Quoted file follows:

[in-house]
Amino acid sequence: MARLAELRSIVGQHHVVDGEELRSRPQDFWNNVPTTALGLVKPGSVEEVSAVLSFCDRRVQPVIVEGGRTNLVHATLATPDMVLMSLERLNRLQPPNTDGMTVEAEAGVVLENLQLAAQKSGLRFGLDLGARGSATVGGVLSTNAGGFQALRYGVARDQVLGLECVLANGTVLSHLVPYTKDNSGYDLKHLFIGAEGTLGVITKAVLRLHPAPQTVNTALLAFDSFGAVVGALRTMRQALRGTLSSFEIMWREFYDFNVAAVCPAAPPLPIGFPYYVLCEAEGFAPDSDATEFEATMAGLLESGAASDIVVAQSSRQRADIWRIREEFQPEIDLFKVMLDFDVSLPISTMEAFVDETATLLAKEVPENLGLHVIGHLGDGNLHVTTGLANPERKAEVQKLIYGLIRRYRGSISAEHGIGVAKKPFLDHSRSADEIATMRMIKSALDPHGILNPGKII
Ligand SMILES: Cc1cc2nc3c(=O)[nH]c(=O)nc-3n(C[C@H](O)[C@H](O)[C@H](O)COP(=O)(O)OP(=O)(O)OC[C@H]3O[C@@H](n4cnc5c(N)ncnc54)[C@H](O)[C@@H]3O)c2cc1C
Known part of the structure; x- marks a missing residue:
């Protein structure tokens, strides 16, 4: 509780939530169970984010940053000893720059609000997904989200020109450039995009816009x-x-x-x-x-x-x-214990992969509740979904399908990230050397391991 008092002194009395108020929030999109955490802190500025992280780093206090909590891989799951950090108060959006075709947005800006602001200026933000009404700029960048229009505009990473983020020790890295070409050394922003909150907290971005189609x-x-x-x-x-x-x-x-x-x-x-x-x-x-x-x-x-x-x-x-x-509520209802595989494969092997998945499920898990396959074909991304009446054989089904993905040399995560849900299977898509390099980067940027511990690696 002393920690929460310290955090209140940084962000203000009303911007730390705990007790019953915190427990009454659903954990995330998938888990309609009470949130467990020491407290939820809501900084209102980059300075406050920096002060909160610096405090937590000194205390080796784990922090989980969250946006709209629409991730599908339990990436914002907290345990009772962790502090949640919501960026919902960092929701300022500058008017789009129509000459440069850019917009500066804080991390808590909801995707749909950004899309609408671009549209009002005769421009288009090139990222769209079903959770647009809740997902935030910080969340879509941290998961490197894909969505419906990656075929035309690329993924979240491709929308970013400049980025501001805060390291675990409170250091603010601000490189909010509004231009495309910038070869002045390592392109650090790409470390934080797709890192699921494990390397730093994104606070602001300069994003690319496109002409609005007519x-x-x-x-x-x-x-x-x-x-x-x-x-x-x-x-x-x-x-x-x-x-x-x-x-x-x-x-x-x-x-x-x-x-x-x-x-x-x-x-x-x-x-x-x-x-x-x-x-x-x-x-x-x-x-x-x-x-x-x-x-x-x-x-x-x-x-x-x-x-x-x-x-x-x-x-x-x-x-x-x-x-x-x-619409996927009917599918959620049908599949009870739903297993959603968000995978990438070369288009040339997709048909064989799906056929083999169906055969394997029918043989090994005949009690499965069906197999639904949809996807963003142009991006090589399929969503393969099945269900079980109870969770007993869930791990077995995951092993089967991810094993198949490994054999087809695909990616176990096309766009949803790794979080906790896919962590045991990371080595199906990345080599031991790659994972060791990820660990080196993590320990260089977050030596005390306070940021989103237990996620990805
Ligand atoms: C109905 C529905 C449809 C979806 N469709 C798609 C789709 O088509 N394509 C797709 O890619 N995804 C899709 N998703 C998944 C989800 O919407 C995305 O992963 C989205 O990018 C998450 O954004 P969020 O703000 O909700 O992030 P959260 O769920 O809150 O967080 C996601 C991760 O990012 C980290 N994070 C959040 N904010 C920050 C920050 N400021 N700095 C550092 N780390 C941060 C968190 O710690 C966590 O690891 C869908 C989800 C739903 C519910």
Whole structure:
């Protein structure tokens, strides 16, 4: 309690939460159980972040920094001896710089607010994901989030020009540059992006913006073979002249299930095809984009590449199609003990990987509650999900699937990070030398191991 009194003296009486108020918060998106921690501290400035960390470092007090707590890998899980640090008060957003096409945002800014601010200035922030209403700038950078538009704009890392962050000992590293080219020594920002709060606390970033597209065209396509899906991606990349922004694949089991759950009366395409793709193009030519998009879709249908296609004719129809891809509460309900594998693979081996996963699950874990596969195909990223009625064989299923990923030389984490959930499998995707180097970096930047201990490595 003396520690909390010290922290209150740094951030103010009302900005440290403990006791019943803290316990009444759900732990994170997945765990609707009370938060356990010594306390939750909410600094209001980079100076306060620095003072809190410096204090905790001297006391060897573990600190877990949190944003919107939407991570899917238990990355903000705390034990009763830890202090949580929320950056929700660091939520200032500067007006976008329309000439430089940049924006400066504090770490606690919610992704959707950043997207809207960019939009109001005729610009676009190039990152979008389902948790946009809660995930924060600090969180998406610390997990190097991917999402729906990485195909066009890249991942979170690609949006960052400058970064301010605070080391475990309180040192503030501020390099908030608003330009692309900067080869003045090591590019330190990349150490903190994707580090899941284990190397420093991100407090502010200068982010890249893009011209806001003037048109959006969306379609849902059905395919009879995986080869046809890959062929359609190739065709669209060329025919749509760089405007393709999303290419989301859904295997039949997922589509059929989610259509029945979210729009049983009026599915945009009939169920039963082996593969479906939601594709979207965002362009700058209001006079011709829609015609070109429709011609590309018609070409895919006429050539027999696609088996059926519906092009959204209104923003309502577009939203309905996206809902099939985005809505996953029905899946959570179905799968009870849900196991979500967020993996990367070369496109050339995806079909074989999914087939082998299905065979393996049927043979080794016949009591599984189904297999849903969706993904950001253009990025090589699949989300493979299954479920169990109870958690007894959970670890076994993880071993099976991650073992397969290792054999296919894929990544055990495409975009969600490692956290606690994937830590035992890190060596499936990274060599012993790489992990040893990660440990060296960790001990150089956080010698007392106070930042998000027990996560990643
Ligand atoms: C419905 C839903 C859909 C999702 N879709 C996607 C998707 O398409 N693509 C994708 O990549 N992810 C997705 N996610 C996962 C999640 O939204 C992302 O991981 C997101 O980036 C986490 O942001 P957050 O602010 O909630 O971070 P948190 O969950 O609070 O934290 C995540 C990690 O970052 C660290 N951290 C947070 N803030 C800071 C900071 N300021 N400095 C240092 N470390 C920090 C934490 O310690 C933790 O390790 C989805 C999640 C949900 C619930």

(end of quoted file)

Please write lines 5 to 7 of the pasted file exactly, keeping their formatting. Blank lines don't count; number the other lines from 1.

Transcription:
């Protein structure tokens, strides 16, 4: 509780939530169970984010940053000893720059609000997904989200020109450039995009816009x-x-x-x-x-x-x-214990992969509740979904399908990230050397391991 008092002194009395108020929030999109955490802190500025992280780093206090909590891989799951950090108060959006075709947005800006602001200026933000009404700029960048229009505009990473983020020790890295070409050394922003909150907290971005189609x-x-x-x-x-x-x-x-x-x-x-x-x-x-x-x-x-x-x-x-x-509520209802595989494969092997998945499920898990396959074909991304009446054989089904993905040399995560849900299977898509390099980067940027511990690696 002393920690929460310290955090209140940084962000203000009303911007730390705990007790019953915190427990009454659903954990995330998938888990309609009470949130467990020491407290939820809501900084209102980059300075406050920096002060909160610096405090937590000194205390080796784990922090989980969250946006709209629409991730599908339990990436914002907290345990009772962790502090949640919501960026919902960092929701300022500058008017789009129509000459440069850019917009500066804080991390808590909801995707749909950004899309609408671009549209009002005769421009288009090139990222769209079903959770647009809740997902935030910080969340879509941290998961490197894909969505419906990656075929035309690329993924979240491709929308970013400049980025501001805060390291675990409170250091603010601000490189909010509004231009495309910038070869002045390592392109650090790409470390934080797709890192699921494990390397730093994104606070602001300069994003690319496109002409609005007519x-x-x-x-x-x-x-x-x-x-x-x-x-x-x-x-x-x-x-x-x-x-x-x-x-x-x-x-x-x-x-x-x-x-x-x-x-x-x-x-x-x-x-x-x-x-x-x-x-x-x-x-x-x-x-x-x-x-x-x-x-x-x-x-x-x-x-x-x-x-x-x-x-x-x-x-x-x-x-x-x-x-x-x-619409996927009917599918959620049908599949009870739903297993959603968000995978990438070369288009040339997709048909064989799906056929083999169906055969394997029918043989090994005949009690499965069906197999639904949809996807963003142009991006090589399929969503393969099945269900079980109870969770007993869930791990077995995951092993089967991810094993198949490994054999087809695909990616176990096309766009949803790794979080906790896919962590045991990371080595199906990345080599031991790659994972060791990820660990080196993590320990260089977050030596005390306070940021989103237990996620990805
Ligand atoms: C109905 C529905 C449809 C979806 N469709 C798609 C789709 O088509 N394509 C797709 O890619 N995804 C899709 N998703 C998944 C989800 O919407 C995305 O992963 C989205 O990018 C998450 O954004 P969020 O703000 O909700 O992030 P959260 O769920 O809150 O967080 C996601 C991760 O990012 C980290 N994070 C959040 N904010 C920050 C920050 N400021 N700095 C550092 N780390 C941060 C968190 O710690 C966590 O690891 C869908 C989800 C739903 C519910």
Whole structure: